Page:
Art, I found out later, was about making money. Organized Jewry taught me this. Art dealer Paul Rosenberg says, “A painting is only beautiful when it sells.” Jewish president of the Marlborough Gallery, Frank Lloyd, confirms this: “There is only one measure of success in running a gallery: making money.”
The question we need to ask is: Who runs the Art Market and how did it become a freak circus?
Art Should Make You Miserable
Let’s take a little trip round the art world with Israel Shamir. Mr Shamir, after all, is not only well-informed about art but is also a tour guide in Jerusalem. He agrees with me about the sacral nature of art. “No art without Christ,” he says. By “Christ” he means much more than the historical Jesus. He means the Logos, or Christ Principle, the rule of law in a divinely ordered universe.
Since Darwin and Freud, there has been a complete “revaluation of all values.” Everything has been turned upside down. We can mostly attribute this parlous state of affairs to the machinations of organized Jewry, in particular to a group of revolutionary thinkers known as the Frankfurt School. (For a detailed introduction to the ideas of these neo-Freudian Marxists, most of whom were Jewish refugees from Hitler’s Germany who fled to America, see Chapter 5 of Kevin MacDonald’s The Culture of Critique).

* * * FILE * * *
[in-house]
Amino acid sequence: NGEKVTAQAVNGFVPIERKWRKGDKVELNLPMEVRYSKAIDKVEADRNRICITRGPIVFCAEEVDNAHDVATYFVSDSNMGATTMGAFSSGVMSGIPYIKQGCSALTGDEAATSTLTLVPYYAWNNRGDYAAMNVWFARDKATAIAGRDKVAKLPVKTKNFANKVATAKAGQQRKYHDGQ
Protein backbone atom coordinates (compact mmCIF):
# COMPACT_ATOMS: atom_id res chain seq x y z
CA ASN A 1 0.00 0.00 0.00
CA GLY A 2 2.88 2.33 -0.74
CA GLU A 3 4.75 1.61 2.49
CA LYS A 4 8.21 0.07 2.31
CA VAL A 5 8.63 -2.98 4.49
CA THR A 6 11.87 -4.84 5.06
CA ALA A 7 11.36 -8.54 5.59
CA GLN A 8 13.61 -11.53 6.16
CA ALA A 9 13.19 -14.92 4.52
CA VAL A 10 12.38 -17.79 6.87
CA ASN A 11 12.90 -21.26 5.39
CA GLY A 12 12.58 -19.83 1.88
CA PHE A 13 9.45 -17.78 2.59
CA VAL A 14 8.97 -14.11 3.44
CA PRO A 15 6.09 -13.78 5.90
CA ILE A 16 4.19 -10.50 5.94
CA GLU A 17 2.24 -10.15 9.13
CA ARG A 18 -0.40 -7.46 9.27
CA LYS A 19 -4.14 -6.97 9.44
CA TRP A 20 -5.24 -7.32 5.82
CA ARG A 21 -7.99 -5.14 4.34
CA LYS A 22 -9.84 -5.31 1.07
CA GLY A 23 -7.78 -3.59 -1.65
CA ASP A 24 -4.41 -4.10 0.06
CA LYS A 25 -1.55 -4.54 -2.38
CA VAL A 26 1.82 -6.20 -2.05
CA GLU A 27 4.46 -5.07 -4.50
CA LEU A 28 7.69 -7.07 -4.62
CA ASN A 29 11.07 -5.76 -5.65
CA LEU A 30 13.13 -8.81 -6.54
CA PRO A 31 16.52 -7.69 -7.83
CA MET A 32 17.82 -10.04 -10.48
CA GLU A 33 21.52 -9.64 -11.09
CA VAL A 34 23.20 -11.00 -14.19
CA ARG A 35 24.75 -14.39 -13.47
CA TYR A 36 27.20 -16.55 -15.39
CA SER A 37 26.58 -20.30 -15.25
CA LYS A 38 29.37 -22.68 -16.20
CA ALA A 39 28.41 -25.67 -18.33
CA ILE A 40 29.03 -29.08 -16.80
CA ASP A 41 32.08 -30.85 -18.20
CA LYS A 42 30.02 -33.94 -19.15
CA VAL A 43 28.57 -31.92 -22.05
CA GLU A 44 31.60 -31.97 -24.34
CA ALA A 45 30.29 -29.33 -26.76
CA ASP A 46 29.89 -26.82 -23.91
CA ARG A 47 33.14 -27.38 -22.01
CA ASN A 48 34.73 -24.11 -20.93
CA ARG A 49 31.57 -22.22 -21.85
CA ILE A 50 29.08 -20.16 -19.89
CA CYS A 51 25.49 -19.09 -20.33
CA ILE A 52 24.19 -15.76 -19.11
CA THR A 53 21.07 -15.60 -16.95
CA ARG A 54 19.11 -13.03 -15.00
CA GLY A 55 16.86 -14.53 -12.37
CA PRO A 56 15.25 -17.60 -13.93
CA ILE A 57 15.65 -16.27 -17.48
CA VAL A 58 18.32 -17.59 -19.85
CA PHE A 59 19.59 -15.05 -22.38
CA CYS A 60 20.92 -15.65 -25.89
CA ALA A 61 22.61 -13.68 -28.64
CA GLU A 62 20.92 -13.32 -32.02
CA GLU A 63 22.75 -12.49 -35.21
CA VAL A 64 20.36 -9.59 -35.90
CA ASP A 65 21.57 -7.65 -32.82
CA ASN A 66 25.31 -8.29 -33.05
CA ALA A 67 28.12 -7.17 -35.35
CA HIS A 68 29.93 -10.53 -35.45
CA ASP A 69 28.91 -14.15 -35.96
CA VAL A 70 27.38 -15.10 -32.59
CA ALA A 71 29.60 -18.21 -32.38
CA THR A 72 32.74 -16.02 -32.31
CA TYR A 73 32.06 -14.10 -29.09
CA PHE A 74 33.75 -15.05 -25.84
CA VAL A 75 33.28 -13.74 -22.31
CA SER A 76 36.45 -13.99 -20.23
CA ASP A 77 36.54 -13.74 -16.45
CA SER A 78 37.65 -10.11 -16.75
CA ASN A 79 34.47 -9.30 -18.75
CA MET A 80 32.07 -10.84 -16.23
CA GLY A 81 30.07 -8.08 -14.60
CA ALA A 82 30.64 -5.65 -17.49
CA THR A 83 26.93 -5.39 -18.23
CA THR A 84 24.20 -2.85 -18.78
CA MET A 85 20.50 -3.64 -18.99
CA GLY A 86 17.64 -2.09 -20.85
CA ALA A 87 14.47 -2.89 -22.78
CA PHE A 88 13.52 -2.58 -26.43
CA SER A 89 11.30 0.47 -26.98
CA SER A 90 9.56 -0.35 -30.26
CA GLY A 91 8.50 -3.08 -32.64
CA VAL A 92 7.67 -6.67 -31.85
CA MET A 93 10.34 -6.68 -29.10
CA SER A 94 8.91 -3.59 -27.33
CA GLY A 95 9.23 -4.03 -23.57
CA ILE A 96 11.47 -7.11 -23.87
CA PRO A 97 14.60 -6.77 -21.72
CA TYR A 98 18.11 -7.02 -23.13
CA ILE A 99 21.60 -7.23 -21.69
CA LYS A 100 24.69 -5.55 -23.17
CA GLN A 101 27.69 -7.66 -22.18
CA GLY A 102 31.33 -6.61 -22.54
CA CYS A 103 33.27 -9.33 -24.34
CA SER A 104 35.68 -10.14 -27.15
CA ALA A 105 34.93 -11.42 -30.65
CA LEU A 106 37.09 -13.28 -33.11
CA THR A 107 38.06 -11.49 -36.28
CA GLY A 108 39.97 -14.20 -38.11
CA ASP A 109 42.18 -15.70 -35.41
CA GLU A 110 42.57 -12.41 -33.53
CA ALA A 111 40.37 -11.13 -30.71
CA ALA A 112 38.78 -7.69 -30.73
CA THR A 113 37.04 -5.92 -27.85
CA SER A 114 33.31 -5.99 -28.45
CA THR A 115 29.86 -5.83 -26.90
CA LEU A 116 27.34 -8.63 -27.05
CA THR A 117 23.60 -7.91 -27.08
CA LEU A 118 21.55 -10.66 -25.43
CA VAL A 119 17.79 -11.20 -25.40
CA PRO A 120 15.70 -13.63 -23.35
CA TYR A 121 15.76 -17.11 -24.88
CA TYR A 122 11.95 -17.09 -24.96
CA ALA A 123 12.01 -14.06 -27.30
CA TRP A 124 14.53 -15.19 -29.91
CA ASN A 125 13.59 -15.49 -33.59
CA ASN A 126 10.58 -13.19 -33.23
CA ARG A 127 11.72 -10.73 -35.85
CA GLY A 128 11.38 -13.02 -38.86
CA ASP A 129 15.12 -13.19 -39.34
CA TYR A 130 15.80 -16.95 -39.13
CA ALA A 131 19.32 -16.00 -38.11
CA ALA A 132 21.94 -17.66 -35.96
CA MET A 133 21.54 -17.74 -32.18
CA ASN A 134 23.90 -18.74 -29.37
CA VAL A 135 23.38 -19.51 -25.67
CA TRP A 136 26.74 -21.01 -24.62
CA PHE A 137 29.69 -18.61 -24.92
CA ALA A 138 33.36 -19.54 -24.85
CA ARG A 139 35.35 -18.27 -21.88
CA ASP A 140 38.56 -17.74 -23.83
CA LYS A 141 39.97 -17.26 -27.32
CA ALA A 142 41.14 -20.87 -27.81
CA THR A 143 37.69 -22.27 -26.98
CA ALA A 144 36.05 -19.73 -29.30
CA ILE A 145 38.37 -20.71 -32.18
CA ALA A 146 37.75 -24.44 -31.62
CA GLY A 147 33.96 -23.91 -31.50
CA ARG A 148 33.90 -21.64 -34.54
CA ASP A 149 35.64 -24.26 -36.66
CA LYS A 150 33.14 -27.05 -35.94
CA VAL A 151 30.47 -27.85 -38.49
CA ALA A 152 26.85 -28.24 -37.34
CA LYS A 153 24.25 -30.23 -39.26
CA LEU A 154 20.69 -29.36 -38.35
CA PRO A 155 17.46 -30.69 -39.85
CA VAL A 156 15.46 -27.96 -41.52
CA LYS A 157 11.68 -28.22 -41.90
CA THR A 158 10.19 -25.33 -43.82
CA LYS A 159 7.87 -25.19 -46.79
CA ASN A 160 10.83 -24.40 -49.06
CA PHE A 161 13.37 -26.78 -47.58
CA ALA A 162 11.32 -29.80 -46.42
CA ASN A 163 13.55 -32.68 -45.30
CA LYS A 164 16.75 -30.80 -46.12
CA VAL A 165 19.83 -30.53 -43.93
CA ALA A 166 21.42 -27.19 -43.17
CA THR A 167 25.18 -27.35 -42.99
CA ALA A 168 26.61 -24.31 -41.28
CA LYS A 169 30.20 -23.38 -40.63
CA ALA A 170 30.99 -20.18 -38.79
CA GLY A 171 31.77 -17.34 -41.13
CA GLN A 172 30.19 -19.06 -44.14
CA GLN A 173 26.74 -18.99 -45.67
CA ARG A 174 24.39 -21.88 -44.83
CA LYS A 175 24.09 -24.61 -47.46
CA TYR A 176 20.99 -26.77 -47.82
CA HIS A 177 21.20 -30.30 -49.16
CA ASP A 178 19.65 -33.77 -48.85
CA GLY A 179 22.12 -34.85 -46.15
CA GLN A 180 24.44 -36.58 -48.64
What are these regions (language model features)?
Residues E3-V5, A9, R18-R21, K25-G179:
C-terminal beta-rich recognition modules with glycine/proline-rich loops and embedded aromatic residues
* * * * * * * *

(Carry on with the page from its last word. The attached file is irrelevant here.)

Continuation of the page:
Just as one of these Frankfurters, Theodor Adorno, set out to destroy Western music, assuring the world that atonal music was a good thing because it was discordant and ugly, others in the group set out to destroy art and push it to its reductio ad absurdum: lights going on and off in an empty room, unmade beds with condoms and bloodstained panties strewn around, and sealed cans containing the artist’s own excrement.